Statistical analyses    Data are expressed as means ± SEM. In Exp. 1, data were evaluated by one-way analysis of variance (ANOVA) with Tukey's multiple-comparison post-hoc test, using the commercially available software package GraphPad Prism version 5. A probability value of p < 0.05 was regarded as significant. In Exp. 2, 3, 4 and 5, the time-course data were evaluated by two-way repeated measures ANOVA, using GraphPad Prism version 5 (GraphPad Software, Inc., La Jolia, CA). Comparisons between treatment groups at each time point were evaluated using a paired t-test. A probability value of p < 0.05 was regarded as significant.

Results

Vasorelaxant effect of WSN on rat isolated endothelium-intact and endothelium-denuded mesenteric arteries in Exp. 1    In Fig. 1, the vasorelaxant effect of WSN on rat mesenteric arteries (which were precontracted with noradrenaline) is shown to increase in a concentration-dependent manner. In addition, there were no significant differences between the endothelium-intact and the endothelium-denuded arteries.

Fig. 1.

Vasorelaxant effect of WSN on endothelium-intact and endothelium-denuded isolated rat mesenteric arteries in Exp. 1. Values are expressed as a percentage of the maximal relaxation produced by acetylcholine. The filled columns show relaxation of the endothelium-intact mesenteric artery. The unfilled columns show relaxation of the endothelium-denuded mesenteric artery. Columns show means ± SEM (n = 3 – 4). Values with different superscript letters are significantly different at p < 0.05.

Changes in BST, CBT and blood flow after ingestion of WSN (in Exp. 2), WSE (in Exp. 3), mixture of WSN with carvacrol (in Exp. 4) or mixture of WSN with thymol (in Exp. 5)    In Exp. 2, BSTs of the wrist and finger after ingestion of WSN were significantly higher than those after ingestion of the placebo (Fig. 2A and B).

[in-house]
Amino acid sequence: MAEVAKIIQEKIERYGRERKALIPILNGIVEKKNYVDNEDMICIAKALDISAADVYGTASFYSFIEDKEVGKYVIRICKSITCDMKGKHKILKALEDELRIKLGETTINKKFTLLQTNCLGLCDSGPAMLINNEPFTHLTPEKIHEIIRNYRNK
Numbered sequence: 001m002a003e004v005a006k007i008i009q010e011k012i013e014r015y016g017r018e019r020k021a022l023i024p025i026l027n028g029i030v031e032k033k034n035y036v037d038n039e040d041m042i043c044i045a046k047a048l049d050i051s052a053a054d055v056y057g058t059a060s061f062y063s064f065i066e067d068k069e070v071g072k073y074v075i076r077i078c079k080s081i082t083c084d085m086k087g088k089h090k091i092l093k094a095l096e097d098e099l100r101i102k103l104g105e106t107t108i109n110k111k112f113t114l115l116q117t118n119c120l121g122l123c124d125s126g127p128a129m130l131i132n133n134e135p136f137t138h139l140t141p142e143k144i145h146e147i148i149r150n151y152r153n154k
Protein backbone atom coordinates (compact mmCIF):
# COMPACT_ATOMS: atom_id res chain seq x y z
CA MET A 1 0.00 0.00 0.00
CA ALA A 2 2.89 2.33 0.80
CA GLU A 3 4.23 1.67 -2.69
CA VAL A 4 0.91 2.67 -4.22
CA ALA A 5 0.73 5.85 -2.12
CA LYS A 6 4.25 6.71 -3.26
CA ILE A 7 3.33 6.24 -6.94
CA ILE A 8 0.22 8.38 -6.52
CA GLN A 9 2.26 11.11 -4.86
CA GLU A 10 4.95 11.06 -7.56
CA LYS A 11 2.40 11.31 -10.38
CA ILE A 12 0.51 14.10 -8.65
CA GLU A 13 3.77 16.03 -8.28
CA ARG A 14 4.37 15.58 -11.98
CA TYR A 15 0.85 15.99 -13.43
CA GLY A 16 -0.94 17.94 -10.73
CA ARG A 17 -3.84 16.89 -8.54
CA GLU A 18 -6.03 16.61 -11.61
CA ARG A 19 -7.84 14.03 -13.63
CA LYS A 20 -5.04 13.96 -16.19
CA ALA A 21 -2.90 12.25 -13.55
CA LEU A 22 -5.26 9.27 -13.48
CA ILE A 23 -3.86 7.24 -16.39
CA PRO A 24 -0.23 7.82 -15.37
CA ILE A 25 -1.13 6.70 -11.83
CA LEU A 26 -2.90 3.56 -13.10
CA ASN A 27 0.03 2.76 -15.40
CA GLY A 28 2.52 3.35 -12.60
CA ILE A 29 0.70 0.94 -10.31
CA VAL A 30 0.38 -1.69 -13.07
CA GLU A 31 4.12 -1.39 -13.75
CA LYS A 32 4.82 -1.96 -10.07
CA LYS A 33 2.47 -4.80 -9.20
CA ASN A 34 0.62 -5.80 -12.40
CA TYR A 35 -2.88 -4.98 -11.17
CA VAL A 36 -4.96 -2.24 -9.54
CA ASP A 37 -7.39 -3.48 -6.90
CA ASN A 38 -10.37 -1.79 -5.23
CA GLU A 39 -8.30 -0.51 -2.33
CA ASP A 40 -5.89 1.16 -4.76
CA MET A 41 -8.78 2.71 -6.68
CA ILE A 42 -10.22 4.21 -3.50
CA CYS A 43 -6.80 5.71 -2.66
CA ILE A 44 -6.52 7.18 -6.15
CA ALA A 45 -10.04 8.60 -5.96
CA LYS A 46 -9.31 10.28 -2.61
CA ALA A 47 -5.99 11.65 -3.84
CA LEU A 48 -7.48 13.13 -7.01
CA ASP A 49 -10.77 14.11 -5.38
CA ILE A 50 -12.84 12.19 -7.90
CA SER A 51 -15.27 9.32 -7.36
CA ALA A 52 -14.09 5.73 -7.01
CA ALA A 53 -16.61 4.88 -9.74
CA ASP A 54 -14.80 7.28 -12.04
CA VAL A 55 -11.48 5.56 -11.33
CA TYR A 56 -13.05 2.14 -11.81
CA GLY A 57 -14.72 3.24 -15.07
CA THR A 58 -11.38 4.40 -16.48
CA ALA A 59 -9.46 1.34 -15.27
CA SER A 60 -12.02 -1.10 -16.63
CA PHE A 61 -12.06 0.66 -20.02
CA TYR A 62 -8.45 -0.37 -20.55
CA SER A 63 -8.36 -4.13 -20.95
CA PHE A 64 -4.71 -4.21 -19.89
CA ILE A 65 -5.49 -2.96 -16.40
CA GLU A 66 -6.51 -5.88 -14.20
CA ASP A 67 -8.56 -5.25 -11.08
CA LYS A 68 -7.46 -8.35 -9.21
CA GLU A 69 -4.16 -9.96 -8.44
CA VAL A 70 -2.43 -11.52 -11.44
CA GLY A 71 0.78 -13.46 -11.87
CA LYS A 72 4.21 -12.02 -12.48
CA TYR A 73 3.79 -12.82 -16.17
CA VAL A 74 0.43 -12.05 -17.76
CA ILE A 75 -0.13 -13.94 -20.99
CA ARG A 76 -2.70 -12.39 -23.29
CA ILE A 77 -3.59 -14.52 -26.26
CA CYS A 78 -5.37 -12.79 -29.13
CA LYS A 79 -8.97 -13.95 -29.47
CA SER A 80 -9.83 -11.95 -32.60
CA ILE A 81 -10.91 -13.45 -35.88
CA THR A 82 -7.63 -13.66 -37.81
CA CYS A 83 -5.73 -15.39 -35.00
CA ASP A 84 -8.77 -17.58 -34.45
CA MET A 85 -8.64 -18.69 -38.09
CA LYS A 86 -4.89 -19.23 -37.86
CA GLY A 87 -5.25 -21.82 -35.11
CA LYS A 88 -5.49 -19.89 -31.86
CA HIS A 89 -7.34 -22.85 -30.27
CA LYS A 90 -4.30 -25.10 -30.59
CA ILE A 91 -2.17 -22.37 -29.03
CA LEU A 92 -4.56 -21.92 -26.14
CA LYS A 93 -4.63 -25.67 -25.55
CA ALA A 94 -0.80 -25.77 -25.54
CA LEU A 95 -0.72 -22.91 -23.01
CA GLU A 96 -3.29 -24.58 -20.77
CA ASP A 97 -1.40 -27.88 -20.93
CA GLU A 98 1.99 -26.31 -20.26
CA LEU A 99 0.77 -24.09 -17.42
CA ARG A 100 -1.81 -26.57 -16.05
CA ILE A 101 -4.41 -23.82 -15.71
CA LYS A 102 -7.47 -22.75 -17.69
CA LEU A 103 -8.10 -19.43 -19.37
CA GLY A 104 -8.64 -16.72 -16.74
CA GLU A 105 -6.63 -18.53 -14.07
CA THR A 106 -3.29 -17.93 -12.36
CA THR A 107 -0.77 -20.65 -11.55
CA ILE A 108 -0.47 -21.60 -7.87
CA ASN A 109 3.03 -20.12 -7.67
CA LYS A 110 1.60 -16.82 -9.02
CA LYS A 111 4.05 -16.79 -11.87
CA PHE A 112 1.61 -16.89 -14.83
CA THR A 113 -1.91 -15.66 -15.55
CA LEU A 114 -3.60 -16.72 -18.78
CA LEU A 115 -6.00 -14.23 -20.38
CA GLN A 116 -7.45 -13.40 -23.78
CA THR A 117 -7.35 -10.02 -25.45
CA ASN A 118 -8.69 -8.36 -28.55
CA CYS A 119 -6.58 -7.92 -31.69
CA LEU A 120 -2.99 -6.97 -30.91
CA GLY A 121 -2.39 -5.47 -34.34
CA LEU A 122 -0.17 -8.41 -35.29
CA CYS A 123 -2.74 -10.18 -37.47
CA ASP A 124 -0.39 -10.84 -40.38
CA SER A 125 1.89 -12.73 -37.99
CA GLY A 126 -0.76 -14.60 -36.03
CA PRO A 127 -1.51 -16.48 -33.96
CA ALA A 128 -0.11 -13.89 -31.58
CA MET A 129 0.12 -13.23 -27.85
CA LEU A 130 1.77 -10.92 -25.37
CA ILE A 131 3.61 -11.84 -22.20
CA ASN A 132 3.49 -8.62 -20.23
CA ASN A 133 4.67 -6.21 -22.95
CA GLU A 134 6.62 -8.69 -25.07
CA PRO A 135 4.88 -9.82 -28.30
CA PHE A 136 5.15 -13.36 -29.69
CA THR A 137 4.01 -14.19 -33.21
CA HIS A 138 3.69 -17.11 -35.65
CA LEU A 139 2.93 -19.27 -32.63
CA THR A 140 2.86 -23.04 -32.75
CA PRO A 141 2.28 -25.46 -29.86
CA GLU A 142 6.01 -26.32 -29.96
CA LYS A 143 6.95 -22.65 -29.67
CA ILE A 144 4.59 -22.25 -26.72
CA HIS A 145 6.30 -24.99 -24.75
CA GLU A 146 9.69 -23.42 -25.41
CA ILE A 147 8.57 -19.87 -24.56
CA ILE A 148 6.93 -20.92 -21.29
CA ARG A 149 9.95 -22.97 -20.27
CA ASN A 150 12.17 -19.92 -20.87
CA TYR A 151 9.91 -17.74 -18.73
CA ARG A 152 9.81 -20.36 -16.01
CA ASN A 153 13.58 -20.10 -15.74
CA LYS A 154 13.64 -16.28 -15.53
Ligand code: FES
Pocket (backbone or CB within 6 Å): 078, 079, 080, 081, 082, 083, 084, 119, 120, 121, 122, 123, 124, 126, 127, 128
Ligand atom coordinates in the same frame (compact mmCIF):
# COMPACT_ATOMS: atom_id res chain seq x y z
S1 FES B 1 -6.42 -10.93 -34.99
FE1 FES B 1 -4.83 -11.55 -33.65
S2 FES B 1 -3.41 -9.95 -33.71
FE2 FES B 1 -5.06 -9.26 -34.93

Fig. 2.

Changes in body temperature at wrist (A), finger (B), ankle (C), forehead (D), neck (E) and tympanic membrane (F) before and after the ingestion of WSN or placebo in Exp. 2.

Values are expressed as means ± SEM. n = 7 (at wrist and finger for −10 to 59 min; p < 0.05 by a two-way repeated measures ANOVA). * indicates p < 0.05 by a paired t-test.

However, other body parts such as ankle, forehead, neck and tympanic membrane [value of tympanic membrane temperature represents CBT (Childs et al., 1999)] did not show significant differences between the WSN- and the placebo-ingestion groups (Fig. 2C – F).

In Exp. 3, there was a significant difference between the WSE- and the placebo-ingestion groups with regard to changes in BSTs (wrist, finger, ankle, forehead and neck) and CBT (Fig. 4A – F).

Fig. 4.

Changes in body temperature at wrist (A), finger (B), ankle (C), forehead (D), neck (E) and tympanic membrane (F) before and after the ingestion of WSE or placebo in Exp. 3.

Values are expressed as means ± SEM. n = 8 (at wrist, finger, ankle, forehead and neck for −10 to 59 min, at tympanic membrane for −5 to 55 min; p < 0.05 by a two-way repeated measures ANOVA). * indicates p < 0.05 by a paired t-test.